Bulldog, Rebel, or other, Monday’s game was weird

Published 10:52 pm Wednesday, January 10, 2024

Let’s get this out of the way early, guys. I’m an Alabama fan. And not just a normal Bama fan, but the really annoying kind that was a diehard Crimson Tide faithful long before Saban showed up, which means I’ll be one long after he’s gone. But, I come by it honestly: I’m from Mobile; I went to school at the University of Alabama; and as all you Rebels and Bulldogs out there know, you pretty much have to pick a side to survive growing up in a state like Alabama or Mississippi.

But, regardless of my allegiance to the Tide, or yours to Ole Miss, Miss. State, LSU, or any other (SEC) team out there, watching two squads from outside our football footprint play in Monday’s national title game was just plain weird. I’m not saying it was bad. It was just weird. 

Now, both Michigan and Washington certainly deserved to be there. Unless you feel like diving into the conversation surrounding Michigan’s strange spygate situation, you have to admit they were two teams that fought hard and came out on top. Both squads were 14-0; they won their respective conference championships; and they beat good teams along the way in the form of Ohio State, Oregon, Alabama, and Texas. Those are two very impressive resumes. I’m just saying, it was odd to know Kirby Smart, Nick Saban, Lane Kiffin, and even guys like Brian Kelly were sitting at home watching the CFP championship game just like we were.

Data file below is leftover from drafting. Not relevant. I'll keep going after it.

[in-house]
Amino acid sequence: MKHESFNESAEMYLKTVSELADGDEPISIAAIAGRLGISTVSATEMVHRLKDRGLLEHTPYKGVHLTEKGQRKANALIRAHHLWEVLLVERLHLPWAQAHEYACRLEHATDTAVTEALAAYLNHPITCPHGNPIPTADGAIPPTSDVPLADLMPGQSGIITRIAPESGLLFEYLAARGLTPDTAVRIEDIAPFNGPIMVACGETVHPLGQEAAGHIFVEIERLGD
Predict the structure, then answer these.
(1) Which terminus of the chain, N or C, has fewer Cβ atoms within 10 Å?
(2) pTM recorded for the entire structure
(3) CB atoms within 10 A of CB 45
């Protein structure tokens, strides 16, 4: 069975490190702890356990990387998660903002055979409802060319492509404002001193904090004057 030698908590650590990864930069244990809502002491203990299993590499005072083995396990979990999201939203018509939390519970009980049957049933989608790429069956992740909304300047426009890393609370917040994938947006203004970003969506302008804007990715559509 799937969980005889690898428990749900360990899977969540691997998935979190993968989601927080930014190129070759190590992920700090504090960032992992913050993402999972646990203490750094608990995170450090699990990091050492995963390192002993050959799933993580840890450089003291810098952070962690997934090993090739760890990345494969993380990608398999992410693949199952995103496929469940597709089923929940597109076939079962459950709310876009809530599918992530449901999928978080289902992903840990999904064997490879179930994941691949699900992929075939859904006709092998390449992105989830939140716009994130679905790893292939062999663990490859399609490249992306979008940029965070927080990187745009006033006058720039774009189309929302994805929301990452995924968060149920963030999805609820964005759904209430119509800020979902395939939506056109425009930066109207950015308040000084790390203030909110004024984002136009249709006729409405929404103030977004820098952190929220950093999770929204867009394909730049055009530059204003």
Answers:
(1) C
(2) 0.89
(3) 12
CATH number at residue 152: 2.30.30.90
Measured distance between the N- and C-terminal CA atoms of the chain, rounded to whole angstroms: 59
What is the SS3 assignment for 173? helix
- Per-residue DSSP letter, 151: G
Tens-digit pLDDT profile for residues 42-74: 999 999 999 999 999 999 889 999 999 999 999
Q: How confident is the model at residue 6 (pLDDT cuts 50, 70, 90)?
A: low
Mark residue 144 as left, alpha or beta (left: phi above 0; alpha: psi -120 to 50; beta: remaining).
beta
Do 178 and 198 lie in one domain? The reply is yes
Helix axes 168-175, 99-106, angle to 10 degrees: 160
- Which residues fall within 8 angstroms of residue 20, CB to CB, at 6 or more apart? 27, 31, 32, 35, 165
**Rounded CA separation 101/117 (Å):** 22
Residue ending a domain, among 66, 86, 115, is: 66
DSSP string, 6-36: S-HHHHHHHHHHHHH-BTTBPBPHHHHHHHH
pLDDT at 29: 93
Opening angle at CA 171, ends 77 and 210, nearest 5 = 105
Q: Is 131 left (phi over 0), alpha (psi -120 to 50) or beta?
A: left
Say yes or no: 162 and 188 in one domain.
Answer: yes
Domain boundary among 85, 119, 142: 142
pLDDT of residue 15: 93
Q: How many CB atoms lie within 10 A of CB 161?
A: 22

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In a year where Georgia seemed primed for a threepeat, Alabama had a comeback story for the ages, Ole Miss had maybe its most successful season ever, and LSU’s quarterback won the Heisman trophy, not one of those teams was able to even make it to the big game. And I know, I know. Even SEC fans have been jumping on the “we need parity in college football” bandwagon, but did we really mean it? Or, maybe the better question is: Did we really expect it to happen? Either way, here we are: me writing a column wondering where it all went wrong and you guys reading it and probably wondering the same.

But, all is not lost. Far from it. Next year we will get the long-awaited 12-team playoff, which will all but guarantee at least two SEC teams – and probably three or four – will be involved in the postseason each year for the foreseeable future, especially with college football blue bloods Oklahoma and Texas joining the conference next year. And we better be happy about it. After all, we created it. Just like the end of the BCS era, the demise of the four-team playoff is a direct result of SEC teams continuing to make it to the big game and even playing each other for all the college football marbles. 

But, that wasn’t the case this year. This year we were spectators when it really mattered. And maybe that’s okay. Maybe it will make our teams play harder next year. Maybe our fans will be even more supportive in the fall, if that’s even possible. At the end of the day, I’m not sure if it’s a good thing or a bad thing that the SEC didn’t have a presence in Monday’s game. I do know one thing for certain: It was weird.

Blake Bell is the General Manager and Executive Editor of The Vicksburg Post. He can be reached at blake.bell@vicksburgpost.com.